32 Singaporean writers, artists, and thinkers, living in Singapore and abroad, pick their favorite read of the year.
33 Singaporean writers, artists, and scholars recommend their favorite read in 2015.
Alfian Sa'at speaks at the Singapore Writers Festival in Singapore about the academics, artists, and writers who suspect that they have been denied job or tenure or asked to leave their job because of their activism or criticism of the government.
Would any of Singapore's writers raise questions at the Singapore Writers Festival, opening in Singapore in two days, about this list of censored academics and artists?
Ian Tan reviews Donald Breckenridge’s And Then (USA: David R. Godine, 2017)
Ramsundar Lakshminarayanan's photographic series.
Stewart Dorward reviews Philip Holden’s Heaven Has Eyes (Singapore: Epigram Books, 2016).
An Opinion piece by Jill J. Tan on how Singaporeans living in the U.S. can respond to American politics. The first of a regular political column appearing once every two months.
Ian Tan reviews Carl Phillips’ Reconnaissance (USA: Farrar, Straus and Giroux, 2016).
Stewart Dorward reviews The Adopted: Stories from Angkor by HENG Siok Tian, PHAN Ming Yen, YEOW Kai Chai, and YONG Shu Hoong (Singapore: Ethos Books, 2015)
An interview with acclaimed playwright Faith Ng.
Deven Philbrick reviews Leonora Liow’s Moth (Singapore: Ethos Books, 2015).
An interview with artist Heman Chong.
Andrea Yew reviews Sequoia Nagamatsu’s Where We Go When All We Were Is Gone (USA: Black Lawrence Press, 2016).
Singapore Poetry interviews Singaporean composer Hoh Chung Shih.
Lily Piao reviews Jinat Rehana Begum’s First Fires (Singapore: Ethos Books, 2015).
Soham Patel reviews Sonia Bahl’s The Spectacular Miss (India: Fingerprint!, 2016).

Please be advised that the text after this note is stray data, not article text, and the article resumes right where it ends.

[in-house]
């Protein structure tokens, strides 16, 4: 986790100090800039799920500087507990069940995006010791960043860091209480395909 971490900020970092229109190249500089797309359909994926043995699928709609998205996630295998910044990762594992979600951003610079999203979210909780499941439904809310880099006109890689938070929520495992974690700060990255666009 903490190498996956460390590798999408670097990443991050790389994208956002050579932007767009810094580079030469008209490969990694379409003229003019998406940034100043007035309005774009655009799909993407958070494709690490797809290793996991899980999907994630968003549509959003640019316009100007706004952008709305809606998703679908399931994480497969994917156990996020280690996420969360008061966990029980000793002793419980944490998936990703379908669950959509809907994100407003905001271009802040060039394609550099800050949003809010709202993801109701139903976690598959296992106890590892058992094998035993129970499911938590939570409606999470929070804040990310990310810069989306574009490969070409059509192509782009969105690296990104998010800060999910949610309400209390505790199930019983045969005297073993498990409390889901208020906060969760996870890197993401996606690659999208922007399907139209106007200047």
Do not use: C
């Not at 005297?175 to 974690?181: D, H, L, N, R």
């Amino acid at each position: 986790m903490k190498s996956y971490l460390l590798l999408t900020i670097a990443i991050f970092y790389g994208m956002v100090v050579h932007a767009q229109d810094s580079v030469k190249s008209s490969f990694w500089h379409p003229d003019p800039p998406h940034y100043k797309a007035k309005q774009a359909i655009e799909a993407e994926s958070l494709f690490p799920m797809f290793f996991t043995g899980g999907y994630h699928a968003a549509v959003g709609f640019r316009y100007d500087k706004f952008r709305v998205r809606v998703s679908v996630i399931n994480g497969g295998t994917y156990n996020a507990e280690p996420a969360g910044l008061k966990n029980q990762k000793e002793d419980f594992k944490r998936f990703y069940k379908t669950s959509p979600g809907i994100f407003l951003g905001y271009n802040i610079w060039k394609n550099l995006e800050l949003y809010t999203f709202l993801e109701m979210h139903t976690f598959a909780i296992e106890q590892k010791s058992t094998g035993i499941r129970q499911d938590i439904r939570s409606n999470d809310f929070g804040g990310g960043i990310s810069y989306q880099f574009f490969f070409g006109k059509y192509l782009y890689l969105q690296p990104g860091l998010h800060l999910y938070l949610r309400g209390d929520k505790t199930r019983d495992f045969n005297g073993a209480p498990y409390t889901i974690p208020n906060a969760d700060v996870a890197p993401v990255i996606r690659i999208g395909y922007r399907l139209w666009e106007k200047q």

Singapore Poetry, or SP, is our arts and news blog focusing on all things poetic about Singapore and beyond. It began life on October 15, 2013, as an independent website and rapidly attracted a following. On September 30, 2016, it became the official blog of Singapore Unbound.
SP publishes new works of poetry, fiction, non-fiction, and criticism, as well as Editor’s Picks from published works. The “Special Focus” series trains its sights on the work of a major Singaporean writer. In the first series, we looked at the gardening poems of Leong Liew Geok, reprinted with photographs of her private garden provided by the author. The second series focused on the work of the San Francisco writer Justin Chin, born and raised in Malaysia and Singapore.
Every April, we hold The Singapore Poetry Contest, for which poetry submissions are sought from non-Singaporeans. The only requirement for submissions is that they include the word “Singapore.” They can, otherwise, be on any theme.
We are keenly interested in the relationship between literature and the other arts. To explore these connections, SP runs features, interviews, and criticism of Singaporean artists working in theater, performance, dance, design, film, and visual arts. Our annual round-up “My Book of the Year” seeks the opinions of a wide cross-section of the artistic and scholarly community.
It is our hope to cultivate intellectual dialogue not just among Singaporeans, but also between Singaporeans and the wider world. To that end, we publish reviews by Singaporeans of American books and vice versa. Payment is USD50 for a review of 1500 – 2000 words. To get a sense of what we like, read Helaine L. Smith’s review of Shirley Geok-Lin Lim, Eric Norris’s review of Wena Poon, and Cyril Wong’s review of Jennifer Tseng and Timothy Yu. They have different styles, but they are all opinionated, specific, and pleasurable to read. If you are new to SP, please inquire first with a published sample before sending us a review.
We are always looking for excellent creative and critical writing. For enquiries, write to Jee at jkoh@singaporeunbound.